performance is hampered by a standard automatic gearbox.
All versions can top 50mpg, but for maximum economy, check out the hybrid
-- it can manage 62.8mpg. That said, it's far more expensive than many more
economical diesel superminis, so it's tough to recommend.
Many buyers will want an automatic gearbox, and that's available in the
form of a continuously variable transmission. It's standard on the hybrid
model and an option on 1.3-litre versions.
While the Jazz isn't as polished as other superminis, it's reliable: top
supermini for the last seven years in our JD Power customer satisfaction
survey. It's also more practical than most superminis, with a particularly
clever boot and rear seating.:
Both 1.2-litre and 1.4-litre engines have the same refined and pleasant
nature, and feature identical i-DSI (Dual-Sequential Ignition system)
technology, offering excellent economy and emissions. Throttle response is
sharp yet they're refined units mated to precise controls. The clutch is
well-weighted and the five-sped gearbox so slick, you can do it with two
fingers. Direct steering and keen turn-in are betrayed by a ride that can
become choppy on bumpy roads; but generally, the Jazz is a joy to drive.
It's one of the sharpest cars in the supermini sector, up there with the
It's easy to find the Jazz for you - the range consists of only three cars!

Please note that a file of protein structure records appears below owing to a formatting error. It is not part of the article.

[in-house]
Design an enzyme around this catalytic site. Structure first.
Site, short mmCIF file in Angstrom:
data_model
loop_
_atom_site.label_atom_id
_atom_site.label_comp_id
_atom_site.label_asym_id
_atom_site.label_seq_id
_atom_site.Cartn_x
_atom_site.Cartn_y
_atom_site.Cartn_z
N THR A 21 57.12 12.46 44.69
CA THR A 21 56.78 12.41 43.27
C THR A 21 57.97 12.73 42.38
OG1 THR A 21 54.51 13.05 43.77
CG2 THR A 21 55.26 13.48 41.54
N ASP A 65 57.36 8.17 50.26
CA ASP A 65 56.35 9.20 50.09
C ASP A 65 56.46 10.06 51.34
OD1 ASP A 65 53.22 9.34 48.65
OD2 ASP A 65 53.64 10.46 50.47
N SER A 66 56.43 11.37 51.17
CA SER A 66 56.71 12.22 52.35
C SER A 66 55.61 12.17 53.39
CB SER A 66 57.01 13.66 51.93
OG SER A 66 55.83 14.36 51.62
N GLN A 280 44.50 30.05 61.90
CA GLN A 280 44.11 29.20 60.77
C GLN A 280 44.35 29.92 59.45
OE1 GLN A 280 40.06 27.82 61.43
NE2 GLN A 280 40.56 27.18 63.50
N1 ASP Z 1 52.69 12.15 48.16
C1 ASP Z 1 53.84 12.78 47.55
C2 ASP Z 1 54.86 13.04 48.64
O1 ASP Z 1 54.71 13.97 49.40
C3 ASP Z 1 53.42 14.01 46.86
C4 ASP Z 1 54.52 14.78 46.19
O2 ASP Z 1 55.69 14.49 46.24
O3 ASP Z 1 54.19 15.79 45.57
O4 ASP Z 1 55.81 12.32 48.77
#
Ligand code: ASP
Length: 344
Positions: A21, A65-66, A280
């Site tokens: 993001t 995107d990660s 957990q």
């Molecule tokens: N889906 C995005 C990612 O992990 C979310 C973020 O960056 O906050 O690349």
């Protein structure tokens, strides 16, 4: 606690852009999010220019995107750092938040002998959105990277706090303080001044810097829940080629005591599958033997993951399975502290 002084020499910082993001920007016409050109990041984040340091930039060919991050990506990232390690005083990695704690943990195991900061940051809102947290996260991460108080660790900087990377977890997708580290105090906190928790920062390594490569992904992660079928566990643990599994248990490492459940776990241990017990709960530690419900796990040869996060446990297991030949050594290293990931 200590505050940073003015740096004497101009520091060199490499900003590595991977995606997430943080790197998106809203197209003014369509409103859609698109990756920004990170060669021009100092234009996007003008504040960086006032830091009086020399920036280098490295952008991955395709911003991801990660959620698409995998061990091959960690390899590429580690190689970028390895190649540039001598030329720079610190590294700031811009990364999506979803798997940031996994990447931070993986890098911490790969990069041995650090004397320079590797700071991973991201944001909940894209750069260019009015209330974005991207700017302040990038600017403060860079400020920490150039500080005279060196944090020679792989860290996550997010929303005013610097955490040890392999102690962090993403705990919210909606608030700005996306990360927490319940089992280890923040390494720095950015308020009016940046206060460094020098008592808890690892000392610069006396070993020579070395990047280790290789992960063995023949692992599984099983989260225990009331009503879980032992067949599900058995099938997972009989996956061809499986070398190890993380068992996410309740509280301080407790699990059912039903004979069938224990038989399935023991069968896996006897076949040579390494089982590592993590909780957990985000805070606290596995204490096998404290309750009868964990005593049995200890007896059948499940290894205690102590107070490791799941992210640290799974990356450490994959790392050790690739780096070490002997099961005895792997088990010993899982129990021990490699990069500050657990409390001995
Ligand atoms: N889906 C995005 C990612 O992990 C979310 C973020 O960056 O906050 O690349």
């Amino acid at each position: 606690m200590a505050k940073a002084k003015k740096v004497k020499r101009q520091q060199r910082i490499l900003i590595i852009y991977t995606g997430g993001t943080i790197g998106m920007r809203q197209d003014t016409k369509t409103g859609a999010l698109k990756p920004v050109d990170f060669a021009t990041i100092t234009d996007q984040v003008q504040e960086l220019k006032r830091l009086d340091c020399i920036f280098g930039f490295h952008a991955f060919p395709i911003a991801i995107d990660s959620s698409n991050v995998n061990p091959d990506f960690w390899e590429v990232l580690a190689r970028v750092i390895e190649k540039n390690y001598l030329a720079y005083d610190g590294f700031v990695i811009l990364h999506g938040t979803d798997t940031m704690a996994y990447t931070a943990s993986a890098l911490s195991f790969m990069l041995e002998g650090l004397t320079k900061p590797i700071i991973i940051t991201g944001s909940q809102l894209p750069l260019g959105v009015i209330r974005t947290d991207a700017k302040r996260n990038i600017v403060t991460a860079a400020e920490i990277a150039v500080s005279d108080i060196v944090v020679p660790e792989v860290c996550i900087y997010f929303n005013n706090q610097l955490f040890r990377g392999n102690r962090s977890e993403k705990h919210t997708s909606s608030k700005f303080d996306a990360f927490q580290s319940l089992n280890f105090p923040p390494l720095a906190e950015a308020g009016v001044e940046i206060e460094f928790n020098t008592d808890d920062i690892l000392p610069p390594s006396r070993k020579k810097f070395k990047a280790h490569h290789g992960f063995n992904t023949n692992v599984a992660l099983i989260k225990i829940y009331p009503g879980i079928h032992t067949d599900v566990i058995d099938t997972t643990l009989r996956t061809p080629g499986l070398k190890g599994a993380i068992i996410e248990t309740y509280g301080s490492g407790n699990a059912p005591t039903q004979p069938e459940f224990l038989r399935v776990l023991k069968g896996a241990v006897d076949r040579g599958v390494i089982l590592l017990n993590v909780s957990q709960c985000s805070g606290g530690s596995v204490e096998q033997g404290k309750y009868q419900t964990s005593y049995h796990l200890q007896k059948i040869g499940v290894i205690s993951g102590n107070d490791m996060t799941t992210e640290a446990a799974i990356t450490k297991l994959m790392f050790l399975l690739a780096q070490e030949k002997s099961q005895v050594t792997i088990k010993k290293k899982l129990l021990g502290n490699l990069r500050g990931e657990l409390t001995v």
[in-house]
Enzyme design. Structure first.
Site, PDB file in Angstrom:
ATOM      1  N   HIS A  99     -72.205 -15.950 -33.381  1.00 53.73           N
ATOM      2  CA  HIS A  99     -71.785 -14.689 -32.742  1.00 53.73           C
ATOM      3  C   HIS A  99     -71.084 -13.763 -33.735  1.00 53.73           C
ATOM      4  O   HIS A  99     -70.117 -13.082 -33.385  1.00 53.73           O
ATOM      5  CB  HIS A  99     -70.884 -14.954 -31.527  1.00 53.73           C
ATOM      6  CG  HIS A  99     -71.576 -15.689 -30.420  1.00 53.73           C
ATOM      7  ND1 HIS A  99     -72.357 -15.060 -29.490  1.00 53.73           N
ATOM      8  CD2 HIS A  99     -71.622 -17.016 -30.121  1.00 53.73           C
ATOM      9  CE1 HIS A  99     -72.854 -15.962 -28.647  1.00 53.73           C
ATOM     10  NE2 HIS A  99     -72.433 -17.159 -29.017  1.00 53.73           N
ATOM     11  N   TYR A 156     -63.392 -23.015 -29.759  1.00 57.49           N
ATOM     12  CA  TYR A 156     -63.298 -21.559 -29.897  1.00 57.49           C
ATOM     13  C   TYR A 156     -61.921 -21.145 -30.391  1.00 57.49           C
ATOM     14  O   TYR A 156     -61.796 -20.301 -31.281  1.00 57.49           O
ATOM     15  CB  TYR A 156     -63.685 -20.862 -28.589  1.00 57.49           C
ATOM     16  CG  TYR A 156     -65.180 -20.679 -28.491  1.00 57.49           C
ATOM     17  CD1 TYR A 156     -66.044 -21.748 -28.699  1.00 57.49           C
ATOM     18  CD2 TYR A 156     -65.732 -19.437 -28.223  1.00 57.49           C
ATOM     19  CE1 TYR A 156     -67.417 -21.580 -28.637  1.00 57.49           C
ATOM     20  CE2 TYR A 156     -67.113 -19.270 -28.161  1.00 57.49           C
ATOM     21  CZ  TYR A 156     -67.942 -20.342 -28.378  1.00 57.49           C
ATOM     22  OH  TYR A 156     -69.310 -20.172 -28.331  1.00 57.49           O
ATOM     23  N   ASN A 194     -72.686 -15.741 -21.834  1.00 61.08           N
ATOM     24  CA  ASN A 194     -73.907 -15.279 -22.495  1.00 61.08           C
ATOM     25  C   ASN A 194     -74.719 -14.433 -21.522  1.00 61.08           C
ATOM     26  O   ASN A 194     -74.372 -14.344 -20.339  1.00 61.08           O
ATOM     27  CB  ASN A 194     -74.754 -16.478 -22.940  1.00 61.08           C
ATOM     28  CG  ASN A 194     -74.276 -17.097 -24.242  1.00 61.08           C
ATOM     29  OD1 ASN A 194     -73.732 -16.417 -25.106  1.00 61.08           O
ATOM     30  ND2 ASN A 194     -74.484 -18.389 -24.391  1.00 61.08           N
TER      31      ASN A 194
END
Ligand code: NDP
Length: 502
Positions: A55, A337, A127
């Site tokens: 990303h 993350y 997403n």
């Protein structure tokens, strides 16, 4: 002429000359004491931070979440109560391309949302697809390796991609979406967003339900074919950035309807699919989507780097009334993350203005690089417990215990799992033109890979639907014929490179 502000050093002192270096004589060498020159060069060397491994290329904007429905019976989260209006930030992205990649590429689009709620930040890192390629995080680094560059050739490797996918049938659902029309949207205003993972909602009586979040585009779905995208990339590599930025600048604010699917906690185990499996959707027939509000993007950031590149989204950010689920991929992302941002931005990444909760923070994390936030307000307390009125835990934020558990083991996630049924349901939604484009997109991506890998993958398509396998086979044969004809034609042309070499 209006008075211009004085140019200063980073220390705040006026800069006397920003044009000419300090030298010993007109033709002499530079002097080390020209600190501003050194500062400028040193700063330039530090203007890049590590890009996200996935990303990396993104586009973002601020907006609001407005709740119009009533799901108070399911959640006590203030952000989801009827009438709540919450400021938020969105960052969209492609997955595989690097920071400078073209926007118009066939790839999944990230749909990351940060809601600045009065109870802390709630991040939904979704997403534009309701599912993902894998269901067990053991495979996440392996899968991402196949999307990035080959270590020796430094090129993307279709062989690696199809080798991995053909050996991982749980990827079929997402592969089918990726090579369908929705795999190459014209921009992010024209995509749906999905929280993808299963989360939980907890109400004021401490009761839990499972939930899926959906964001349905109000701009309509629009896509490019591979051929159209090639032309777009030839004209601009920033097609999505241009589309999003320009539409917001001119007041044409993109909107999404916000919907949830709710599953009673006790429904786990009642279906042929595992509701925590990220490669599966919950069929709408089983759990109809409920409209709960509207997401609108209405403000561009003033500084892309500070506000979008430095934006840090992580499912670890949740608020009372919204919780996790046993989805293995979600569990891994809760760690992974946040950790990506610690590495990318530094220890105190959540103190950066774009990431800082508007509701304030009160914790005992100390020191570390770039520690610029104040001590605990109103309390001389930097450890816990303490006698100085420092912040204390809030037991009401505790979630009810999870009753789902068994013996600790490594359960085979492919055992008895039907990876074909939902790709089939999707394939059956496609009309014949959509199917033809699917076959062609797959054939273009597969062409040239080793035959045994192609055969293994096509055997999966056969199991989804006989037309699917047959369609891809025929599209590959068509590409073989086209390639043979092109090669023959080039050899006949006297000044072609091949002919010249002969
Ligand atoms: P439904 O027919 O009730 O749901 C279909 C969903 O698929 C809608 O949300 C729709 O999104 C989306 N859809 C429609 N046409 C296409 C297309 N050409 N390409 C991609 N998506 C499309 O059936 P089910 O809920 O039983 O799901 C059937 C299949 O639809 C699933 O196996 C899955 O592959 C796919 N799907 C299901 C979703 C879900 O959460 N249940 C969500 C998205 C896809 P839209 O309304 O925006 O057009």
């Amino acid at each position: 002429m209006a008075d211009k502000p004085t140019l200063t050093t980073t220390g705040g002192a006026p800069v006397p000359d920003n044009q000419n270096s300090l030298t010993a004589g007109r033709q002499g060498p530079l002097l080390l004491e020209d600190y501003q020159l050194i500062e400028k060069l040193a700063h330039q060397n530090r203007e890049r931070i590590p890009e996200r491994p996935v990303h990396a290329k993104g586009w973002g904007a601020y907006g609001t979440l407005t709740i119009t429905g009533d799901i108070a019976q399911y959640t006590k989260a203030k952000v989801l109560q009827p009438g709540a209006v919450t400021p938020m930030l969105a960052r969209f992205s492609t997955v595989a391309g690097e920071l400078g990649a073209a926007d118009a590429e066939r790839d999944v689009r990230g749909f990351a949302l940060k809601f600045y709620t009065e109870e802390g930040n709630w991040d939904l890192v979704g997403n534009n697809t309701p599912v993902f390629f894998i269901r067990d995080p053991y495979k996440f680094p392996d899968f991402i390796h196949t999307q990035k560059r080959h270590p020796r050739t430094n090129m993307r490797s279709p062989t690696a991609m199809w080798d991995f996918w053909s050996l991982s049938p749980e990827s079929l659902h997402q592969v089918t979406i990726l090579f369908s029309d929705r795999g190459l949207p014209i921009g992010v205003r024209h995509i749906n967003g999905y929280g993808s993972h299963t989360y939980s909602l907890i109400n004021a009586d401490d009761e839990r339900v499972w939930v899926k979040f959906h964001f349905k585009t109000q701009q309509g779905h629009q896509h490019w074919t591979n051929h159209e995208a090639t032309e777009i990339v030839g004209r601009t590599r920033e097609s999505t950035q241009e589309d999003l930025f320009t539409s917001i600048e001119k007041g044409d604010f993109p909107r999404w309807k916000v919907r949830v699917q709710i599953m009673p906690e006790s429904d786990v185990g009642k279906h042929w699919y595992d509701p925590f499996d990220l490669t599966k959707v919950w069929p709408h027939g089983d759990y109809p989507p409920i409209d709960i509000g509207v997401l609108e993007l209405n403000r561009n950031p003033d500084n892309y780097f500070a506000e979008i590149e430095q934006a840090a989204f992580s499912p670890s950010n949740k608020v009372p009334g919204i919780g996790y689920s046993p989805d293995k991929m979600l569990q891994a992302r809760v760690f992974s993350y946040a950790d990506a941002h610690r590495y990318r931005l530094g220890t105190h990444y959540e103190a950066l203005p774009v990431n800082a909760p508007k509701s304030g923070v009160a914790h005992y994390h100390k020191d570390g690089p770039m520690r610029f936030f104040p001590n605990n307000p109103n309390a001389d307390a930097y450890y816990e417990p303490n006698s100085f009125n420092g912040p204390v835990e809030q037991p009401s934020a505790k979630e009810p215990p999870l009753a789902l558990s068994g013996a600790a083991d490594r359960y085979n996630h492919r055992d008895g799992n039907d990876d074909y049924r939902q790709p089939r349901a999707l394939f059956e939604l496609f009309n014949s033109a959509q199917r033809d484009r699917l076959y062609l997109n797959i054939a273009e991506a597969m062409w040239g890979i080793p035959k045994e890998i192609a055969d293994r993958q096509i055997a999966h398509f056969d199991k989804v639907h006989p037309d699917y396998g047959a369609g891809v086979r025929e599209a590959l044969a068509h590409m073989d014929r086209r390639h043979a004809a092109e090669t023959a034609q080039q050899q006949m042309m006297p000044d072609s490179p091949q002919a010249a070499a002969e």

All petrol-engined motors, the 1.2 S is the budget entry-level model, which
is great value but lacks remote locking, curtain and side airbags, while
air con is a pricy £1,500 option. It also misses out on the reworked
headlights and minor trim changes of 1.4-litre SE and Sport models (which
are available with optional CVT automatic transmission). These variants
cost more but come with more as standard, though their performance
advantage isn't huge - there's only 5bhp difference between the two
engines. All models enjoy a high-quality cabin with dimpled plastics and
spot-on layout, along with a very good driving position and visibility
spoiled only by steeply-raked A-pillars. The single five-door bodystyle is
one of the biggest superminis you can buy, but Honda has no plans to mate
this practicality to diesel power. Such choice restrictions haven't harmed
sales though; the Jazz is a strong selling supermini in the UK.
The Jazz sells on flexibility - enhanced by its 'Magic' rear seat. By
relocating the fuel tank to beneath the front seats, engineers have freed
up room beneath the back chairs. Pull a single lever and they fold flat, or
you can lift the base up, cinema-style, for extra space accessed via the
rear doors. The boot itself is a huge 353 litres, bigger than a Vauxhall
Astra. Fuel economy is excellent, with the 1.4-litre approaching and the
1.2-litre exceeding 50mpg, and service intervals are 12,500 miles. Be
warned though - the high-tech engine makes pitstops expensive. But
insurance ratings are low and retained values among the highest of any
small car you can buy. A four-star Euro-NCAP result and meagre airbag count
isn't up with the best, though
2013 New HONDA FIT - Exterior & Interior
SUBSCRIBE TODAY!! http://bit.ly/1235nCS
Hello!! and welcome to my channel!!
In today's video is 2013 New HONDA FIT.
I'll introduce the exterior and interior.
2014 Honda Accord Hybrid Review and Road Test
As of October, the most fuel efficient mid-sized sedan in America is the